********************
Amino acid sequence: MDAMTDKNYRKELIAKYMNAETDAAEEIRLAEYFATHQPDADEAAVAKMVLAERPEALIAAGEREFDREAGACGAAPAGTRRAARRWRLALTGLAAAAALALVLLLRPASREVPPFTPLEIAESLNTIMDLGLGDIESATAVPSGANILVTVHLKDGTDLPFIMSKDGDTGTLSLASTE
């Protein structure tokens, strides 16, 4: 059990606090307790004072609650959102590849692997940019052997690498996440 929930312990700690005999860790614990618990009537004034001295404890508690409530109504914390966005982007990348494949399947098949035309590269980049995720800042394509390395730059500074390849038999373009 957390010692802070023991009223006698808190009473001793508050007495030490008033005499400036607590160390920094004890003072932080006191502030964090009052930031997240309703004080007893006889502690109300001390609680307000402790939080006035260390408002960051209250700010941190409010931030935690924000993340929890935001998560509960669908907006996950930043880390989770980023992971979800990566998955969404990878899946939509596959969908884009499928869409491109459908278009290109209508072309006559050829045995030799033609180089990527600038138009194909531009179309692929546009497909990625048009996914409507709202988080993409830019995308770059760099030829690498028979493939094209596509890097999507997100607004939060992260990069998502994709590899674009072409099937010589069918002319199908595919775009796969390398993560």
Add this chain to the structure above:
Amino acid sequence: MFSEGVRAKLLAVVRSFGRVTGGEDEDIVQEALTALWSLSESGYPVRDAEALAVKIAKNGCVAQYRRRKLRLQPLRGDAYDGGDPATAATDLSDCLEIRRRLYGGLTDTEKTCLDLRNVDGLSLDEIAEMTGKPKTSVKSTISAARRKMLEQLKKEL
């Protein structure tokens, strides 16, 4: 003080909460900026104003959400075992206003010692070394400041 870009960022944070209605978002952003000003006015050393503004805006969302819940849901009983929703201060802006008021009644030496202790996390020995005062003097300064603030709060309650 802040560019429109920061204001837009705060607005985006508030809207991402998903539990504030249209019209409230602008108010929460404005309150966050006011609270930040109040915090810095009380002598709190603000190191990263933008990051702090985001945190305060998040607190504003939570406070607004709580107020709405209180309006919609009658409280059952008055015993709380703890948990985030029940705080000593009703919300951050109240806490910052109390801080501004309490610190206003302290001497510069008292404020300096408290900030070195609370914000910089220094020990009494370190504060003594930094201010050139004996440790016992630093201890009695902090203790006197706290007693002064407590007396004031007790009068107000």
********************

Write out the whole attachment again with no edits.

Amino acid sequence: MDAMTDKNYRKELIAKYMNAETDAAEEIRLAEYFATHQPDADEAAVAKMVLAERPEALIAAGEREFDREAGACGAAPAGTRRAARRWRLALTGLAAAAALALVLLLRPASREVPPFTPLEIAESLNTIMDLGLGDIESATAVPSGANILVTVHLKDGTDLPFIMSKDGDTGTLSLASTE
């Protein structure tokens, strides 16, 4: 059990606090307790004072609650959102590849692997940019052997690498996440 929930312990700690005999860790614990618990009537004034001295404890508690409530109504914390966005982007990348494949399947098949035309590269980049995720800042394509390395730059500074390849038999373009 957390010692802070023991009223006698808190009473001793508050007495030490008033005499400036607590160390920094004890003072932080006191502030964090009052930031997240309703004080007893006889502690109300001390609680307000402790939080006035260390408002960051209250700010941190409010931030935690924000993340929890935001998560509960669908907006996950930043880390989770980023992971979800990566998955969404990878899946939509596959969908884009499928869409491109459908278009290109209508072309006559050829045995030799033609180089990527600038138009194909531009179309692929546009497909990625048009996914409507709202988080993409830019995308770059760099030829690498028979493939094209596509890097999507997100607004939060992260990069998502994709590899674009072409099937010589069918002319199908595919775009796969390398993560």
Add this chain to the structure above:
Amino acid sequence: MFSEGVRAKLLAVVRSFGRVTGGEDEDIVQEALTALWSLSESGYPVRDAEALAVKIAKNGCVAQYRRRKLRLQPLRGDAYDGGDPATAATDLSDCLEIRRRLYGGLTDTEKTCLDLRNVDGLSLDEIAEMTGKPKTSVKSTISAARRKMLEQLKKEL
């Protein structure tokens, strides 16, 4: 003080909460900026104003959400075992206003010692070394400041 870009960022944070209605978002952003000003006015050393503004805006969302819940849901009983929703201060802006008021009644030496202790996390020995005062003097300064603030709060309650 802040560019429109920061204001837009705060607005985006508030809207991402998903539990504030249209019209409230602008108010929460404005309150966050006011609270930040109040915090810095009380002598709190603000190191990263933008990051702090985001945190305060998040607190504003939570406070607004709580107020709405209180309006919609009658409280059952008055015993709380703890948990985030029940705080000593009703919300951050109240806490910052109390801080501004309490610190206003302290001497510069008292404020300096408290900030070195609370914000910089220094020990009494370190504060003594930094201010050139004996440790016992630093201890009695902090203790006197706290007693002064407590007396004031007790009068107000």